Despite some pretty famous hate from star Ralph Bates, who replaced the elder Peter Cushing, who'd bowed out of the production to tend to his ailing wife, Hammer's last minute swap of directors (Sangster for Terence Fischer), and Mike Raven's laughably dubbed, dollar store Christopher Lee portrayal of Count Karnstein, there's a lot to like about tonight's review, the studio's meaty follow up to The Vampire Lovers(1970), further exploring the ungodly acts and deeds of the Karnstein clan, and showcasing the loverly Yutte Stensgaard, a blonde any red-blooded man'd love to get his fangs into.
"This is one of the worst movies ever made, mate!", scoffs Giles (Ralph Bates).
After seeing a throaty young strumpet provide the red stuff in a sacrificial rite of resurrection, where her blood is poured over the veil-draped skeletal remains of none other than Carmilla Karnstein, we're then introduced to the aptly named Richard leStrange (Michael Johnson), a writer of lurid horror fiction, who lands himself a cushy gig at a nearby finishing school for girls, just as Countess Arritzen (Barbara Jefford) arrives on the scene, with her blood boilingly beautiful blonde niece, Mircalla (Yutte Stensgaard), in tow. Richard is instantly smitten with the mysterious young girl, as is the dusty headmaster, Giles Barton (Ralph Bates), who seems strangely acceptant when his frolicking young fillies start disappearing, one by one.
That's no stake in my trousers, I'm just glad to see Yutte.
It turns out that Barton is an aspiring student of the Black Arts, and through extensive grimoire research and love-born portrait sketches, he relates to Mircalla that she is, in fact, Carmilla, and pledges his servitude to the ageless predator, even hiding the lifeless body of one of her late night snacks down a well, and ultimately earning a fanged up neck-death for his blind loyalty. Meanwhile, Richard also blindly vows his love and allegiance to the vampire, who lets him dine on her instead of the usual eating arrangements we've grown accustomed to seeing (I'll be humming "Strange Love" the next time I'm performing cunnilingus, for sure). Further complicating matters, Janet (Suzanna Leigh) the gym teacher has inexplicably fallen in love with Richard, a guy she's barely talked to since he joined the staff. From here, it's bare breasts, bloody neck bites, Bishop-driven lynch mobs, and flaming castle support impalement. Ain't nothing wrong with any of that.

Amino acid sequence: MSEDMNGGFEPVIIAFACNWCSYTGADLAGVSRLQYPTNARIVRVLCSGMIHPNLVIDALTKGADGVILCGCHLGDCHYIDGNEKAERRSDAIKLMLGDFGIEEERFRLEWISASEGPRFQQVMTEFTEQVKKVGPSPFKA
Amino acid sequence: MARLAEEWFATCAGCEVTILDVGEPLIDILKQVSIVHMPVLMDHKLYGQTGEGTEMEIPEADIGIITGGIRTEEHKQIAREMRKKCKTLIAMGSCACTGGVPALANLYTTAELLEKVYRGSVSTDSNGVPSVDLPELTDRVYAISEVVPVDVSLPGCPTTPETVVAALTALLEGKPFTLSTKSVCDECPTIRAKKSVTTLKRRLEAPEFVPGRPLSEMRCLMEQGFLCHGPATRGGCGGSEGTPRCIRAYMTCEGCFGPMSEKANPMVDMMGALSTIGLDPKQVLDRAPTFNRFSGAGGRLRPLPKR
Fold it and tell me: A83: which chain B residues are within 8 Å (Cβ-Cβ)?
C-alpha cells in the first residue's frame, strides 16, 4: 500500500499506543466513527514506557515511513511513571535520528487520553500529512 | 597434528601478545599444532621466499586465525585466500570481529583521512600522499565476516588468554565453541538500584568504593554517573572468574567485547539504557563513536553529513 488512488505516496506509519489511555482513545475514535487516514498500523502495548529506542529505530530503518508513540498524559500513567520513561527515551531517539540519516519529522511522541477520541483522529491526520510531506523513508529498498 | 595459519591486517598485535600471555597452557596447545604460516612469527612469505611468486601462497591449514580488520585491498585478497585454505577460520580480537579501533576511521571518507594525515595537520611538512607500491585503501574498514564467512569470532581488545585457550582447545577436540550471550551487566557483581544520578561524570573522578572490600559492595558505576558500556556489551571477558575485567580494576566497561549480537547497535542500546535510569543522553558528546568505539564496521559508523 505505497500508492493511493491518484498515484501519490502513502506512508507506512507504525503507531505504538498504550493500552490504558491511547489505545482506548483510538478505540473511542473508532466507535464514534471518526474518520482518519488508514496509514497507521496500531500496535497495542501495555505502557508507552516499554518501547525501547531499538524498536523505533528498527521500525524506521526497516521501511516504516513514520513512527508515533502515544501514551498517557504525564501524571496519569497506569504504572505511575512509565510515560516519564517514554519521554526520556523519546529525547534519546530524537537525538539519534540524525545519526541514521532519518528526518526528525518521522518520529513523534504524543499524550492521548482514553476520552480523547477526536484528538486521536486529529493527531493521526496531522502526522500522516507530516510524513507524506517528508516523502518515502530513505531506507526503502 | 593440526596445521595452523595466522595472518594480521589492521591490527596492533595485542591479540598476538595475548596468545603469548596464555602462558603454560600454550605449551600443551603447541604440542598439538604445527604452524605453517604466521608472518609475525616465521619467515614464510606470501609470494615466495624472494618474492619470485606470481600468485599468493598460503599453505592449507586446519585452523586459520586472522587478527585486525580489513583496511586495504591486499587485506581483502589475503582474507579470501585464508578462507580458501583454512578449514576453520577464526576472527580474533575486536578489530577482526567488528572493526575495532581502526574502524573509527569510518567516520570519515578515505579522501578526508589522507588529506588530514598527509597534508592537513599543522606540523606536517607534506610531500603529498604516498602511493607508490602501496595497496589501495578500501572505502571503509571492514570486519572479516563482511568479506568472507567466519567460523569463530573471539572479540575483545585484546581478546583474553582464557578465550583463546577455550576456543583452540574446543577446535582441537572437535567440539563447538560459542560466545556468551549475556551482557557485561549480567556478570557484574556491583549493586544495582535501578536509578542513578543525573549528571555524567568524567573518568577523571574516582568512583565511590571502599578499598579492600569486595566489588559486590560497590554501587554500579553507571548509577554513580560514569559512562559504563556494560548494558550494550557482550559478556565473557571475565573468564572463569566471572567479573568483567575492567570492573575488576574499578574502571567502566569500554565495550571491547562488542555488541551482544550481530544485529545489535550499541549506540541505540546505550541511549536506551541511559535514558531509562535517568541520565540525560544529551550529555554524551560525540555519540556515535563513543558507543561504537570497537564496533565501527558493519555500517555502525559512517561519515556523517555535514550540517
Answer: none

Look, it's Nick Frost, the 1830 variant. Cornetto?
Sadly, Yutte bowed out of the Hammer spotlight after her appearance here, feeling under-appreciated in the genre. Personally, I've always appreciated the Hell out of her small-but-impressive body of work. She'd even make a needlepoint video sexy. Lighter on the on-screen lesbianism than it's predecessor, but heavier with Hammer honeys like Pippa Steel, Lust is packed top to bottom with splashy blood and bursting bosoms, gothic sets you may recall seeing in other movies, like Scars of Dracula(1970), and is a ripper of a time to be had, in general. Twins of Evil (1972), another favorite of mine, came next. If you're on board for a true Hammer terror classic, you won't find it here, for sure, but it's still a classic in my book, exploitatively speaking, and well worthy of three Wops on the rating scale. Next up, I'll be taking center stage over at Theater of Guts to scrutinize some genre material, so you'll definitely want to check that out.
I wasn't down for this particular Count. Like, blah! Blah!